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Patrician

,

properly speaking, is one of the patres or fathers of Rome. These patres were the senators, and their descendants were the patricians. As they held for many years all the honours of the state, the word came to signify the magnates or nobility of a nation.

N.B. In Rome the patrician class was twice augmented: first by Tatius, after the Sabine war, who added a whole “century;” and again by Tarquinius Priscus, who added another. The Sabine century went by the name of patricians of the senior races (majoʹrum gentium), and the Tarquinian patricians were termed of the junior creation (minoʹrum gentium).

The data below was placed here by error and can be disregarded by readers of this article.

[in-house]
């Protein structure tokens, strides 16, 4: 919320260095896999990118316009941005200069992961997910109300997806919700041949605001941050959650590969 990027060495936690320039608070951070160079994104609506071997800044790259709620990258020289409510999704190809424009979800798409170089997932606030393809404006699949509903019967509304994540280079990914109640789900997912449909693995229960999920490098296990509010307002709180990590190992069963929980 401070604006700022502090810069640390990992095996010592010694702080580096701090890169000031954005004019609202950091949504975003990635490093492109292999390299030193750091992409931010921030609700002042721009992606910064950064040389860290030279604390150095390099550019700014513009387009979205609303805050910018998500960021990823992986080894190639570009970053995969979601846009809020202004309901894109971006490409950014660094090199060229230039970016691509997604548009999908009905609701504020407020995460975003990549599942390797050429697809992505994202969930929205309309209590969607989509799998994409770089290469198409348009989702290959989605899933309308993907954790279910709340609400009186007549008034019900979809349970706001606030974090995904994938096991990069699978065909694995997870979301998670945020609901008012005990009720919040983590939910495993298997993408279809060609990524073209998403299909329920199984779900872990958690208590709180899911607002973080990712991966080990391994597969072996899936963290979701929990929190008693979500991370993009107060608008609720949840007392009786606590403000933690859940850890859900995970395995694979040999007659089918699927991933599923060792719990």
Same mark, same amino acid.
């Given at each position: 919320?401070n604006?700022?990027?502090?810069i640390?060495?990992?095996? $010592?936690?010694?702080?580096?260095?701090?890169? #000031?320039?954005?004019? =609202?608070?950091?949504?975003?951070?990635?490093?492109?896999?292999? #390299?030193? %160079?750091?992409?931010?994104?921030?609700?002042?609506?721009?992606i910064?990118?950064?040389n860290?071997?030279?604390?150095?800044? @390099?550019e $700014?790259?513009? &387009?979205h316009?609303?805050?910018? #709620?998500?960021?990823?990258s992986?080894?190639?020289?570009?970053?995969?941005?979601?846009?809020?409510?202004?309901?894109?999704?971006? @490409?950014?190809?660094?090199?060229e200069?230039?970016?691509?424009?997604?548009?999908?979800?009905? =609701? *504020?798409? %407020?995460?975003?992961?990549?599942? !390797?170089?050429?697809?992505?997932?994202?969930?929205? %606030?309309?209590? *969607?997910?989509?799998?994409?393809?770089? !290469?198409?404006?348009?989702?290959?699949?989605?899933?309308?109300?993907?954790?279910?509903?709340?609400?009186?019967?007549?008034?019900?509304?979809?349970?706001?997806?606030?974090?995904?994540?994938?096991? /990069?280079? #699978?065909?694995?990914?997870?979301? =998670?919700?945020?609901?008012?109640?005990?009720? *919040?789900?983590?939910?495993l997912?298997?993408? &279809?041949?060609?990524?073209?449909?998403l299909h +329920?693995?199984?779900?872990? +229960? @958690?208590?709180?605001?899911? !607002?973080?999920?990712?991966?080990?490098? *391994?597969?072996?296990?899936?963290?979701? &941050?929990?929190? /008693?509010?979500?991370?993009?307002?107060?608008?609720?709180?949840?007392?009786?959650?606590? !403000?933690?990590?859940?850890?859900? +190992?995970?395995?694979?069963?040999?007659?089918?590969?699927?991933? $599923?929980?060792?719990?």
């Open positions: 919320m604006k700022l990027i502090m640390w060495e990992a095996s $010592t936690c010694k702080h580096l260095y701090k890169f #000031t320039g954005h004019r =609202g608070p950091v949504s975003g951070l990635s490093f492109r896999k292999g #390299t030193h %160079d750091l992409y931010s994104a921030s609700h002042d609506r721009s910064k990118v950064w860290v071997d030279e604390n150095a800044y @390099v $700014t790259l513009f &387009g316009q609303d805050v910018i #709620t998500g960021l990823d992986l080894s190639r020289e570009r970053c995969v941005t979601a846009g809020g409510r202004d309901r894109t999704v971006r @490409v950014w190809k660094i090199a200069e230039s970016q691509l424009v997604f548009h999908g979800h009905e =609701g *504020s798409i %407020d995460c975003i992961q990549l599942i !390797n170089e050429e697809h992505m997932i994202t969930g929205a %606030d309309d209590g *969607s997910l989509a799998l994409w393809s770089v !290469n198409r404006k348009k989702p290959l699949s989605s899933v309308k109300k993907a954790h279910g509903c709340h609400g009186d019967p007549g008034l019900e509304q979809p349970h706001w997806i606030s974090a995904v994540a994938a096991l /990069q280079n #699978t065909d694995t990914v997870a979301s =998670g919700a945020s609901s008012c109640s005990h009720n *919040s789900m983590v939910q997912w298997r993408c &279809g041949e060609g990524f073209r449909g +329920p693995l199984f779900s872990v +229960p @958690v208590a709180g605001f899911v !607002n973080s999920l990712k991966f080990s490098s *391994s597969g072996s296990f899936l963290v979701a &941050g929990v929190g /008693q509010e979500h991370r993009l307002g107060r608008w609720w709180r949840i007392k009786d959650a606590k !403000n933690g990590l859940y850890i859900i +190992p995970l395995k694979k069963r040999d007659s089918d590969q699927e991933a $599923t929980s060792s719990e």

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Entry taken from Dictionary of Phrase and Fable, edited by the Rev. E. Cobham Brewer, LL.D. and revised in 1895.

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Paternoster Row (London)
Pathfinder
Patience cry the Lepers
Patient (The)
Patient Grisel
Patin
Patina
Patmos (My)
Patois
Patri-Passians
Patrician
Patrick
Patrick’s Cave (St.)
Patrick’s Cross (St.)
Patrick’s Grave (St.)
Patrick’s Monument (St.)
Patrick’s Purgatory (St.)
Patrick and the Serpent (St.)
Patrico or Pater-cove
Patroclos
Patten